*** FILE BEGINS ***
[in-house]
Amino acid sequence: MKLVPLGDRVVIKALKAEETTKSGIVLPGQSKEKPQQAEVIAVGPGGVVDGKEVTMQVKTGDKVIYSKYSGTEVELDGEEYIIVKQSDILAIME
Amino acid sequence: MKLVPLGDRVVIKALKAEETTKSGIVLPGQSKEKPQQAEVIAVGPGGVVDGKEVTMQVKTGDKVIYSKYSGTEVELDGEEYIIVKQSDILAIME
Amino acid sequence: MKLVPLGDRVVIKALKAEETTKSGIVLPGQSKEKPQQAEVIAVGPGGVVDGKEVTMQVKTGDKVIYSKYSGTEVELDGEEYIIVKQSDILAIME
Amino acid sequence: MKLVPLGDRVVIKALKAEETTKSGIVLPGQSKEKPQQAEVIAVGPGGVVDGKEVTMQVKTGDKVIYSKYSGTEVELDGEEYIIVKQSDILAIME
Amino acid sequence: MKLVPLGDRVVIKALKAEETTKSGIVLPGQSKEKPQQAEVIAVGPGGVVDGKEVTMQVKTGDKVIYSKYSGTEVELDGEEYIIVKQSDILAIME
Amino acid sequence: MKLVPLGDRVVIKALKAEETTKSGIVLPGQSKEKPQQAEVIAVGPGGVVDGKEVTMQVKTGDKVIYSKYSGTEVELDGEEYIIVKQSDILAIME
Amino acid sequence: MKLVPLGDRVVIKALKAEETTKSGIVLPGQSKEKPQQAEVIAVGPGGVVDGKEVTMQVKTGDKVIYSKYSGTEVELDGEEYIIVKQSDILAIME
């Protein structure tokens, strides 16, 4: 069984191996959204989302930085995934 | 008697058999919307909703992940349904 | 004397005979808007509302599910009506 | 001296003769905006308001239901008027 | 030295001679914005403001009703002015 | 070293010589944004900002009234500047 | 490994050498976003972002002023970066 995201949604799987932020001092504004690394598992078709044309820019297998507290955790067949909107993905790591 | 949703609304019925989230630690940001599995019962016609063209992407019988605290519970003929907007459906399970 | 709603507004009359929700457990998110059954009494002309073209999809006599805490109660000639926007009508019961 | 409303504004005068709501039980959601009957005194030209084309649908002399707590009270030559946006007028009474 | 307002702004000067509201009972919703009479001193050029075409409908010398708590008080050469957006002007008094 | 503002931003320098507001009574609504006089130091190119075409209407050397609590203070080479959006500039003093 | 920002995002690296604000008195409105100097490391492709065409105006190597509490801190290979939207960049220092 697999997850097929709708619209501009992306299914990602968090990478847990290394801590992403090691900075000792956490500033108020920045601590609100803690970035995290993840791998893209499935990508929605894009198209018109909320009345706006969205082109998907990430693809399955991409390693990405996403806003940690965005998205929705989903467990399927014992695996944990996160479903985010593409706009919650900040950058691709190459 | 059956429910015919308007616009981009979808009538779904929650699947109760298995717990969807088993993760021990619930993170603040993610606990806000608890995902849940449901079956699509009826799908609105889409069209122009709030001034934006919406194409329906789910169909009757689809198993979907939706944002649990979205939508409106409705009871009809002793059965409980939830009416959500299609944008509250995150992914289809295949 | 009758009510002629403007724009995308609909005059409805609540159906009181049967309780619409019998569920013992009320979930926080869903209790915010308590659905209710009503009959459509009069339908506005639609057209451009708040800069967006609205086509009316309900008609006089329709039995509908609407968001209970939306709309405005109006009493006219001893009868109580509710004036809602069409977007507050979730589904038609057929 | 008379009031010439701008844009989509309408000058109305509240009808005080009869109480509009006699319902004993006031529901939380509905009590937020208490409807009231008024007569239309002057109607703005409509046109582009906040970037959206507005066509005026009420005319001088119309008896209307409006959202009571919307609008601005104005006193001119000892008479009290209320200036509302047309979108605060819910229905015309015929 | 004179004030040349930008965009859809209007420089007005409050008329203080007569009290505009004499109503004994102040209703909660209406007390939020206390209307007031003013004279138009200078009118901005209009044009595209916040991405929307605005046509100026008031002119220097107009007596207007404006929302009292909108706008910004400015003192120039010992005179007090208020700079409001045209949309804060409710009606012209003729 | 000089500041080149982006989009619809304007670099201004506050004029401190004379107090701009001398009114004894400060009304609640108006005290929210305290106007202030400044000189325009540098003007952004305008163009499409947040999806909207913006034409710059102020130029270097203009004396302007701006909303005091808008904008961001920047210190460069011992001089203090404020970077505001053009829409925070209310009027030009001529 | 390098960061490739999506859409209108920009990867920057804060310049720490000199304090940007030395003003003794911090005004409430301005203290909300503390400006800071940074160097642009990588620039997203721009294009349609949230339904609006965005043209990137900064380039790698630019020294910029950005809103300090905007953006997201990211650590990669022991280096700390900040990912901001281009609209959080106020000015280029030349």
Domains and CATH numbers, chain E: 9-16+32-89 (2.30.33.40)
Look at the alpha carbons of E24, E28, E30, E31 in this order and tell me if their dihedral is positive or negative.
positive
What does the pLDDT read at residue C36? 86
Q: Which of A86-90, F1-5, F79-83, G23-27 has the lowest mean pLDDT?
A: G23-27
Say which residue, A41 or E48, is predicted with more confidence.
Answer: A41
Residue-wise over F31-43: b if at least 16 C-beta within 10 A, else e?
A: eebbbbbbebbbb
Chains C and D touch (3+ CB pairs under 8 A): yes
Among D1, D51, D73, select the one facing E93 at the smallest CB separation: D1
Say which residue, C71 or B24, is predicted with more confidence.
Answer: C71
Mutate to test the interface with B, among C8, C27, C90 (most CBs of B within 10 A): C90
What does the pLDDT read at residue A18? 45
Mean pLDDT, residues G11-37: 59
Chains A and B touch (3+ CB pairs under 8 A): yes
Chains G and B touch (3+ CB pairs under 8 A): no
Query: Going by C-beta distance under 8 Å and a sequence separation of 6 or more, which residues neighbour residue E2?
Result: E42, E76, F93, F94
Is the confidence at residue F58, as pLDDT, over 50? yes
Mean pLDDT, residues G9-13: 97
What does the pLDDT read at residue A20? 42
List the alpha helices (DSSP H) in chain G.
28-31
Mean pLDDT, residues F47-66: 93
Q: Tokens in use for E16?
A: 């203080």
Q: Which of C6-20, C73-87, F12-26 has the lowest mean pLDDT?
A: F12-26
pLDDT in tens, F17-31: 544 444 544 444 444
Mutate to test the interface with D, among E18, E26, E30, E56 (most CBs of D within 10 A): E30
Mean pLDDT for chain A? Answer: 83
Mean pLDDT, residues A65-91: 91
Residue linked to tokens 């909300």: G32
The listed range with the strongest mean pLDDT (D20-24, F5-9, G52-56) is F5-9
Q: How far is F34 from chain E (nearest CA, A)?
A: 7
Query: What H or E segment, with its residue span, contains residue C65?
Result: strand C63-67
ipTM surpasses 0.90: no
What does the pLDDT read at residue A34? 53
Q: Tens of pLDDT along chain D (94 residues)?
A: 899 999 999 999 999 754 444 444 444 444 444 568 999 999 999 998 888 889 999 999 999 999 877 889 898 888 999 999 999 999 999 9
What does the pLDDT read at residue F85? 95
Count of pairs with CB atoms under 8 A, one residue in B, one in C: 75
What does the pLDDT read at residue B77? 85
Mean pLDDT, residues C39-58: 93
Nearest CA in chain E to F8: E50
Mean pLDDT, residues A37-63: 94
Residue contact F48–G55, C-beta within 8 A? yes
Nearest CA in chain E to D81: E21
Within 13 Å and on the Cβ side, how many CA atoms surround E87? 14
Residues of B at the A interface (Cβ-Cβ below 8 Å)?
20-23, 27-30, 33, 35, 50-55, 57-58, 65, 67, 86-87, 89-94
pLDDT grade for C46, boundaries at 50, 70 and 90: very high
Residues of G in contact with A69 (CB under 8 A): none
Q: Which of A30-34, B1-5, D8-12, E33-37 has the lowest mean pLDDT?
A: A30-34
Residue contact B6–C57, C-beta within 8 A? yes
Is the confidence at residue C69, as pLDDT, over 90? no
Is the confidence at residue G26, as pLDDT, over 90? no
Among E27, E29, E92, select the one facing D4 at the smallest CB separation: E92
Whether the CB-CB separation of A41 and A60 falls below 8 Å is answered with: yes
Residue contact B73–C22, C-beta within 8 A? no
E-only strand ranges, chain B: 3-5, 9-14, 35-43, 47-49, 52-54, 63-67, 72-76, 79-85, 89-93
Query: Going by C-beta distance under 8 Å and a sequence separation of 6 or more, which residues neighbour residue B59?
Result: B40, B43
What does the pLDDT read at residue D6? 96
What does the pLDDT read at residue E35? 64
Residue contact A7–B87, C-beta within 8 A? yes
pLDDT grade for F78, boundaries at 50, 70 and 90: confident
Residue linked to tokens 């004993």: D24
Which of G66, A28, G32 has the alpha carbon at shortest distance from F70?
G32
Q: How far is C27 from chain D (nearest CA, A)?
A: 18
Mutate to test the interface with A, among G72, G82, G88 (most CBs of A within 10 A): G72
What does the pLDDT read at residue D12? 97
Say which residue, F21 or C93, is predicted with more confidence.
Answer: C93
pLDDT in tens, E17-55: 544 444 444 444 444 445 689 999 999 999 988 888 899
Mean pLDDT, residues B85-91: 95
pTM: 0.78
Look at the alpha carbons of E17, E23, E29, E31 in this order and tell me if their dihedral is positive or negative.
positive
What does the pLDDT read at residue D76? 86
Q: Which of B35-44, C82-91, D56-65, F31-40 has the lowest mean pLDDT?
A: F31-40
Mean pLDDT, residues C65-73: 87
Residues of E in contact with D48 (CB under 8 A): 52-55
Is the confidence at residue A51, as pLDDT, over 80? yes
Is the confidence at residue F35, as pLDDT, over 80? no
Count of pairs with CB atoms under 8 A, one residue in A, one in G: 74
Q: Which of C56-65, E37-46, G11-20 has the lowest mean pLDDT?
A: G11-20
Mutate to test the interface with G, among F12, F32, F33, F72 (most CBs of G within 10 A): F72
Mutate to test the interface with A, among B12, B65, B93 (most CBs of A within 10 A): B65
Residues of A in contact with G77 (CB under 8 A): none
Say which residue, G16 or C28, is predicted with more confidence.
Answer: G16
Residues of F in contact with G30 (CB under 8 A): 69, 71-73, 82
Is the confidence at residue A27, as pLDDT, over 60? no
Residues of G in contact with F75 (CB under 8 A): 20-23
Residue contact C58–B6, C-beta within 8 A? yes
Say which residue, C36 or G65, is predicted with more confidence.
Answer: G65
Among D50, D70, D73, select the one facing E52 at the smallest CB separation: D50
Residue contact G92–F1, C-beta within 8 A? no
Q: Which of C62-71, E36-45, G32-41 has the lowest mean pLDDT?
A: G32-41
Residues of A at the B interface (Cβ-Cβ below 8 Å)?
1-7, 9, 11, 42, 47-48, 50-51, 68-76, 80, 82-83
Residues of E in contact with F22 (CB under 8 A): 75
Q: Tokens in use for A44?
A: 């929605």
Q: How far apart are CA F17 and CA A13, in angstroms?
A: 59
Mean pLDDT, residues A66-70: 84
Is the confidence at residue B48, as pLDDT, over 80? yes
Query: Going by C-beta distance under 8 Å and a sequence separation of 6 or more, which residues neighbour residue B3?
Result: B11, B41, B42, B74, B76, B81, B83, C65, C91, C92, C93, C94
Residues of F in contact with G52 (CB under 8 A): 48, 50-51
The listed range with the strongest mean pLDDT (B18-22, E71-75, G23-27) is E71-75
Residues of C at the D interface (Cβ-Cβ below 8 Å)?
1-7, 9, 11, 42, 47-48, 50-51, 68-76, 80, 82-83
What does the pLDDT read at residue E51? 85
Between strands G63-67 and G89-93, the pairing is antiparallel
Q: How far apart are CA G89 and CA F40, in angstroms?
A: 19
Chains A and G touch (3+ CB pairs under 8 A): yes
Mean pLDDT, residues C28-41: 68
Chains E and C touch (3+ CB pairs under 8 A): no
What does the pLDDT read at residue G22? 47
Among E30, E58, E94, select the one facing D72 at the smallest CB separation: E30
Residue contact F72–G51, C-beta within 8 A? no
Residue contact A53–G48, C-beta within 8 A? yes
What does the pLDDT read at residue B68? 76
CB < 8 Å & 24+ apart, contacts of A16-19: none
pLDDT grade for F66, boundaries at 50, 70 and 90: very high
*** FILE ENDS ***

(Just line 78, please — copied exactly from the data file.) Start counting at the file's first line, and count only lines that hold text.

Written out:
Result: B40, B43